There has been quite a bit of talk recently about the “gap year” – when a high school graduate waits a year before starting college.  There are programs specifically designed for those utilizing a gap year, and opinions galore about who should utilize a gap year, how they should utilize it and how colleges view such experiences.

This blog has nothing to do with any of that.  (Well, almost nothing.)

I’m writing this to connect with those who did not go to college at 18.  Or started and then stopped.

I need to tell you something.

It’s time.

  • The ‘gap’ (pun intended) between the earnings and opportunities between college graduates and non-college grads has never been wider.  And it will grow.  Despite criticisms of the job and earnings opportunities for college grads, it’s better than the alternative.
  • The acceptance of adult students has never been greater.  You used to be the icing on the cake.  You are now the cake.  MOST students in this country are non-traditional.  Now, “non-traditional” includes some factors other than age (part-time student, parent of a child, full-time worker) but it still – mostly – represents the adult student market.  40 IS the new 20.
  • You will (probably) succeed.  There is some data that contradicts this, but I can tell you that while I often saw adults have to leave a program due to life’s twists and turns, I rarely saw an adult leave because of academic issues.  There is something to say about the quality of education provided by the School of Hard Knocks.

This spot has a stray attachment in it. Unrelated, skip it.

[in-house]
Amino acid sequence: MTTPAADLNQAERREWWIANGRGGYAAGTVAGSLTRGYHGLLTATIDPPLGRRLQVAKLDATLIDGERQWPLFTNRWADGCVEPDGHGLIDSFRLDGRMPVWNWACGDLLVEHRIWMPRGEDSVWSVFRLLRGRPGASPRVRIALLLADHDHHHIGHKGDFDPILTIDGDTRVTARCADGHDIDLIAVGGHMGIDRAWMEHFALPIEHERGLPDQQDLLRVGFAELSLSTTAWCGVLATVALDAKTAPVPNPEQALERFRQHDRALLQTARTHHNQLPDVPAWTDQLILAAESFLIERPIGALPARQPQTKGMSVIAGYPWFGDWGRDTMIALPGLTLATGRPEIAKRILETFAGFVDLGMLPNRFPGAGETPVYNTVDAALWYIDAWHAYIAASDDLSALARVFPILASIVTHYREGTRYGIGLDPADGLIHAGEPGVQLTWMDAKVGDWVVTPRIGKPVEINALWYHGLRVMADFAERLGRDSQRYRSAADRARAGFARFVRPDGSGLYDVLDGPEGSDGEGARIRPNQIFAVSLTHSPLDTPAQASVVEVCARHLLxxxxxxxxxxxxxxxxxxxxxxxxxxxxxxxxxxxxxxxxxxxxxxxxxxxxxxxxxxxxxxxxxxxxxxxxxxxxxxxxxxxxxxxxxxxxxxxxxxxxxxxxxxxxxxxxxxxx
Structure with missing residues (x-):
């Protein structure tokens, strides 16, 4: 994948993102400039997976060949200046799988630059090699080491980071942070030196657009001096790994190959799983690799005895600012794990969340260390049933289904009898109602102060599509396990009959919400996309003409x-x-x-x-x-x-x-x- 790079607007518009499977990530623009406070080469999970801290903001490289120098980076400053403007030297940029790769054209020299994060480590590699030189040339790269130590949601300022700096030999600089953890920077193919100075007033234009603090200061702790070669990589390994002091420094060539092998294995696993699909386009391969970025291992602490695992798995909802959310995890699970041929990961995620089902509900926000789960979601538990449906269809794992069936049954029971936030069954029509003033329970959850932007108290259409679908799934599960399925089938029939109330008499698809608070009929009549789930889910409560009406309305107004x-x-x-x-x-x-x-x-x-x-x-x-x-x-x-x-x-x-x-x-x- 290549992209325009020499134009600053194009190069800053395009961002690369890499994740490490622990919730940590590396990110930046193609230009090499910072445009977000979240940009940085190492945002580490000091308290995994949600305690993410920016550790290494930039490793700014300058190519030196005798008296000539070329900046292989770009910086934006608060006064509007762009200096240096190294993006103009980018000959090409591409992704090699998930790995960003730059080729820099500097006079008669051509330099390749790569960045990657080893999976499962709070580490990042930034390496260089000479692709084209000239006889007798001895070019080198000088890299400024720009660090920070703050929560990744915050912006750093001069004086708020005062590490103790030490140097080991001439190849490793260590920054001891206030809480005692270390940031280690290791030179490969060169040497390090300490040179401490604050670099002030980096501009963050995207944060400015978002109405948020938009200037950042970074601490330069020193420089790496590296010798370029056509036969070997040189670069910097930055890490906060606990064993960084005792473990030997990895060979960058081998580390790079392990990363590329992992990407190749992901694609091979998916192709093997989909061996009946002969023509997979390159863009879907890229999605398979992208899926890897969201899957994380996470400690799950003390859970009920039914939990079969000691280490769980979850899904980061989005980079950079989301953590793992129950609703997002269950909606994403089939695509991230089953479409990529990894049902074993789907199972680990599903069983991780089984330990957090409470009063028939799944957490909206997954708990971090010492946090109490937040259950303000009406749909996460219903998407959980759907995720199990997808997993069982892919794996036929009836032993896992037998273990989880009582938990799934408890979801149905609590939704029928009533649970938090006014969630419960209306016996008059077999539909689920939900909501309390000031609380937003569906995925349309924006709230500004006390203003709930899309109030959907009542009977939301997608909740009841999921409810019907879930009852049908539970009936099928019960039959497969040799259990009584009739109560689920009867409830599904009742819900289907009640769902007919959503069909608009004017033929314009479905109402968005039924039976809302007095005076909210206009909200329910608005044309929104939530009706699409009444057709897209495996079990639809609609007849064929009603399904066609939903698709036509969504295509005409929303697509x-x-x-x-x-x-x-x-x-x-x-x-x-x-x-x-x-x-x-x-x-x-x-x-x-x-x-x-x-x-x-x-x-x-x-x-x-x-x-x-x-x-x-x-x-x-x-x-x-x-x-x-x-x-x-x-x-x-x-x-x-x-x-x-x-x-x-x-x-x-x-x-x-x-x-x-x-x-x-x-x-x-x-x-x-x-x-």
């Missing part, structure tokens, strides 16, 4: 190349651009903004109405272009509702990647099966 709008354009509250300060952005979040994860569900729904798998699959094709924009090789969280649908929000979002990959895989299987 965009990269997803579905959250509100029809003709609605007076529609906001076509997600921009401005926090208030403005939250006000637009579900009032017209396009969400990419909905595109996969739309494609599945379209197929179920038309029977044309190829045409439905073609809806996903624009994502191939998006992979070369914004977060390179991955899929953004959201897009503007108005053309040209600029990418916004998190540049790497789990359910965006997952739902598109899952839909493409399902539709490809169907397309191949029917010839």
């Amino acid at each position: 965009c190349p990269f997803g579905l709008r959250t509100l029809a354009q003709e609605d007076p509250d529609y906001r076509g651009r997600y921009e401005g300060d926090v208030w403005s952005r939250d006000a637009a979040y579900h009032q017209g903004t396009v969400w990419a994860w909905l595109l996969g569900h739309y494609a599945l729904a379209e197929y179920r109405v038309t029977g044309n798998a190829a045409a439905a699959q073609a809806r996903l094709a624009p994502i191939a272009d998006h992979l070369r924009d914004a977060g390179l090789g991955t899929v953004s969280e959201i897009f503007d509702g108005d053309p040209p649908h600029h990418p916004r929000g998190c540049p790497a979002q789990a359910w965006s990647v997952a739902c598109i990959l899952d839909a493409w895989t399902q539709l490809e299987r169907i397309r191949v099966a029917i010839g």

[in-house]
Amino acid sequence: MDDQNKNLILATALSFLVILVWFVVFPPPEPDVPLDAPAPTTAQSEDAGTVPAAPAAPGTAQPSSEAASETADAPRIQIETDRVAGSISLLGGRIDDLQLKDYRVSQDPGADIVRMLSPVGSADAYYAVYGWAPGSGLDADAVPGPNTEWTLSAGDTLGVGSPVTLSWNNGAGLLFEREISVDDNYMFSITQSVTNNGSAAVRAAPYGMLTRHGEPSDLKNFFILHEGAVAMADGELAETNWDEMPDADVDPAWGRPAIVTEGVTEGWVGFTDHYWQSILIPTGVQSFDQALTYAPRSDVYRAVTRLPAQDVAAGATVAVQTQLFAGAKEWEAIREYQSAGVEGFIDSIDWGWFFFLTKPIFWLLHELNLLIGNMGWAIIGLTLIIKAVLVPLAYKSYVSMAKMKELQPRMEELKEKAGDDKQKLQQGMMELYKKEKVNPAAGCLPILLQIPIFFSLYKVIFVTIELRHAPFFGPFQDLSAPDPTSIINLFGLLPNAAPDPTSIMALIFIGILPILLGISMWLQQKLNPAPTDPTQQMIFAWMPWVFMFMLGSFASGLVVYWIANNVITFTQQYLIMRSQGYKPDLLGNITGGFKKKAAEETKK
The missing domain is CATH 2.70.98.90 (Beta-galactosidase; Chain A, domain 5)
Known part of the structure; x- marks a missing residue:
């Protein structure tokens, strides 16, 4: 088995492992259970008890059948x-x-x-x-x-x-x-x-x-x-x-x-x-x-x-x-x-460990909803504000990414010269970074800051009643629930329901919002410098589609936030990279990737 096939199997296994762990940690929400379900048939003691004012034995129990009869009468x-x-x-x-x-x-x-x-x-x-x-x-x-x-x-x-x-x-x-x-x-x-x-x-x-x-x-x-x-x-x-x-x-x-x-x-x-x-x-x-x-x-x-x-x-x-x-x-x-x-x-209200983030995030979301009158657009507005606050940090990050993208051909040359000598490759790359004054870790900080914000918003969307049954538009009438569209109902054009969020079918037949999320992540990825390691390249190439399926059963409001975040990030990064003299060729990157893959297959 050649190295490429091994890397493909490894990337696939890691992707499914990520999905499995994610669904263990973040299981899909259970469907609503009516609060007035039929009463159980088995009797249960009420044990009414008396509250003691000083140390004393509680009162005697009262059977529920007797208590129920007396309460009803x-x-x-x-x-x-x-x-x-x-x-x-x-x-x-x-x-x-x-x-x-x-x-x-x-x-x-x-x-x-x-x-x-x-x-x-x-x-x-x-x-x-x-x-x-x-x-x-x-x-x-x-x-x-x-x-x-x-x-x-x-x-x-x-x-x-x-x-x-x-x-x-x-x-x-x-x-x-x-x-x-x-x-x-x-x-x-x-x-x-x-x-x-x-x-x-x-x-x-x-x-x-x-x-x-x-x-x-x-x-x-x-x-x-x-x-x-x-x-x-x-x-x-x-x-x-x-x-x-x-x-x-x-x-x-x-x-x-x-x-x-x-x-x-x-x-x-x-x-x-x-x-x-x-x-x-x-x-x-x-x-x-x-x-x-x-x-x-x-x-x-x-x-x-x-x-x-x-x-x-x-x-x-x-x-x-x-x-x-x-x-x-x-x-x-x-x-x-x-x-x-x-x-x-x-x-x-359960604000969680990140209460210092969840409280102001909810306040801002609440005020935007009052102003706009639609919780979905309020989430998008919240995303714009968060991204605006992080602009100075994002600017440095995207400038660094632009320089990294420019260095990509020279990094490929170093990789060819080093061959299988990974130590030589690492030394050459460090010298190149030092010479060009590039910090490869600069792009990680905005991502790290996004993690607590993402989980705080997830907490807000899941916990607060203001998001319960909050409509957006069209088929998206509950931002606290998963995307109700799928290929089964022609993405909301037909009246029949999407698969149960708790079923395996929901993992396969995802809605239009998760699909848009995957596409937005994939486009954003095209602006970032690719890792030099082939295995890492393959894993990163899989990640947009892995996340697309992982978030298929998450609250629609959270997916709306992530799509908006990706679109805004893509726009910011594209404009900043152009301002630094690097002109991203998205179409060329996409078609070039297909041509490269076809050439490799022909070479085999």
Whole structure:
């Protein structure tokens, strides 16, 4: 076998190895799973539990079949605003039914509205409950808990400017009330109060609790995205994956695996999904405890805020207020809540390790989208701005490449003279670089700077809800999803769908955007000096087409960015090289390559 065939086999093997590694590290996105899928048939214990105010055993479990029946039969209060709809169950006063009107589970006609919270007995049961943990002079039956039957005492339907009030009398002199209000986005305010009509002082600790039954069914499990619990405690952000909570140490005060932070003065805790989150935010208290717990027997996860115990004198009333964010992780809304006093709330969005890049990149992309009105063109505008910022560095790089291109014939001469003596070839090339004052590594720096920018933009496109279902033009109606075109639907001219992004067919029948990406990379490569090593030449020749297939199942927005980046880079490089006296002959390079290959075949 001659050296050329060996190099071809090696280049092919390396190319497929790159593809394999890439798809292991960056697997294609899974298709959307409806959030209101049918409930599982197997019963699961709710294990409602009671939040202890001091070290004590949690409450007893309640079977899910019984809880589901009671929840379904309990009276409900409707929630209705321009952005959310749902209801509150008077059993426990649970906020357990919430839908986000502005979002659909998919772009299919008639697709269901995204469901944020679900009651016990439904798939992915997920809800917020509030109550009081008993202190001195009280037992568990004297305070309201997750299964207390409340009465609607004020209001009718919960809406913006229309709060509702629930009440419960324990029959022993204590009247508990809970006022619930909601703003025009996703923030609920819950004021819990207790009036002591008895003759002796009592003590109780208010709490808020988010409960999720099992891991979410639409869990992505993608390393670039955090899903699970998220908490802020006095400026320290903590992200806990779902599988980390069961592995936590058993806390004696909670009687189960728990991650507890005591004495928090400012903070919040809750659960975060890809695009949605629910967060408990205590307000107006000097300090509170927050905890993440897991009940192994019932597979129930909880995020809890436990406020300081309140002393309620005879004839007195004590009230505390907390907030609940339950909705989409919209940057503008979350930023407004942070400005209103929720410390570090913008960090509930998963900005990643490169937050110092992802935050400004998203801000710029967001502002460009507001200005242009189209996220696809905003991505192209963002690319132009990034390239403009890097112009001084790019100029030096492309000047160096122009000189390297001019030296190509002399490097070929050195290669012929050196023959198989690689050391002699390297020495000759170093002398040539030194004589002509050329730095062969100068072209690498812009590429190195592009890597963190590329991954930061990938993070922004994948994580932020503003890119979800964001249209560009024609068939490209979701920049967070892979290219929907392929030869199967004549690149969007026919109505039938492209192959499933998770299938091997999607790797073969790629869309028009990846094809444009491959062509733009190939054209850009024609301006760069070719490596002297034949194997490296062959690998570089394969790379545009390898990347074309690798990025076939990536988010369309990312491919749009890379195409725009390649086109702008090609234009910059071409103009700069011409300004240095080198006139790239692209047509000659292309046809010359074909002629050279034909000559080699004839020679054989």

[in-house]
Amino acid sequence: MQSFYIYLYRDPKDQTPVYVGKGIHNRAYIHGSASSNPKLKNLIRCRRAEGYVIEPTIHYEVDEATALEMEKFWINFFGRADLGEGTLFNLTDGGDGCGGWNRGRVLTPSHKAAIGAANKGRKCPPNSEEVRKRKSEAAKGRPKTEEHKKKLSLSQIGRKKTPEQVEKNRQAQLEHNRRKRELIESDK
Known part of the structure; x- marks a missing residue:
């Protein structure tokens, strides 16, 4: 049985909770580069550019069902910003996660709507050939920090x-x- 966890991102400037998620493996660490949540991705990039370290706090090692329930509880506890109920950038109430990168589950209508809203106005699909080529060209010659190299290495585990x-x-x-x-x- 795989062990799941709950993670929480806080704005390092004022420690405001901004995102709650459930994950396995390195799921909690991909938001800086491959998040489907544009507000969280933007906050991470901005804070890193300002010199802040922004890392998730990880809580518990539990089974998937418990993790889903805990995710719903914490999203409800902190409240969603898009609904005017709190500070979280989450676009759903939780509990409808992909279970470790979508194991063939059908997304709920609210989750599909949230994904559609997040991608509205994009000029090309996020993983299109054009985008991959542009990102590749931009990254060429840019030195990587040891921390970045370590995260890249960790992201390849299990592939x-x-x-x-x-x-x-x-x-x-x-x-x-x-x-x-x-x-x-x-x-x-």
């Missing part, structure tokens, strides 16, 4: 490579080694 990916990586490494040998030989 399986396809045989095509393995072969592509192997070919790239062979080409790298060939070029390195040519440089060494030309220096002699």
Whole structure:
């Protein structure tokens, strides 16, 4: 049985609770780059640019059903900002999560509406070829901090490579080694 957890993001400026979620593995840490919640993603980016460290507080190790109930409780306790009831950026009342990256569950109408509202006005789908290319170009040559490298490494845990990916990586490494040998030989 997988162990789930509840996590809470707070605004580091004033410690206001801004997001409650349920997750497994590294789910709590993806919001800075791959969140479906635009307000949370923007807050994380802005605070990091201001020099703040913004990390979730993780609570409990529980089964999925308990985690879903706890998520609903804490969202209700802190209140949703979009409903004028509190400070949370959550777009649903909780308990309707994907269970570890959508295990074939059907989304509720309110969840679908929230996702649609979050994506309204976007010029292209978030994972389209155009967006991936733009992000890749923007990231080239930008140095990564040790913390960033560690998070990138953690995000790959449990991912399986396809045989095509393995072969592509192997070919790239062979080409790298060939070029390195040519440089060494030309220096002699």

• The resources and support have never been greater.  The expansion of Community College programming, the increase in Scholarships for Adults,  the increased acknowledgement of Life Experience in terms of College Credit, the increase in accepted transfer credit, the development of Colleges designed specifically for Adult Students (Thomas Edison State College would be one such example here in New Jersey) and the new GI Bill are just some of the resources that were either much smaller ‘back in the day’ or did not exist.  All of these things are there because of you – to help you succeed in obtaining a college degree.  It is time.

I said that this post had ‘almost’ nothing to do with the gap year.  I said ‘almost’ because I do think there are two important connections between the Gap Year and the Gap Decade (or Gap Score, as it were).  The first is that these gaps allow a person to mature – to ‘grow up’ as it were.

The second, related point is that these gaps allow a person to have a better sense of what academic program best suits their needs/wants/goals/strengths.  While the ‘What Do You Want to Be When You Grow Up?” question can prove elusive even when you are 48, 68 or 88, the added time allows for more meaningful thought being given to the question.

You may not know the destination, but at least you have a better sense of how you want to map out the journey.

So, while you may have been enjoying this Gap Decade (or two) that you have taken, it is time.  Welcome back and watch out for the Freshman 15!

As always, I welcome your comments and questions.  Please feel free to email me at info@cc4therestofus.com, call or text me at 908-403-3819, join me on Facebook on “College Counseling for the Rest of Usand join me on Twitter at @MichaelCCR.   And now on YouTube at http://www.youtube.com/user/CCRMichael?feature=mhee.

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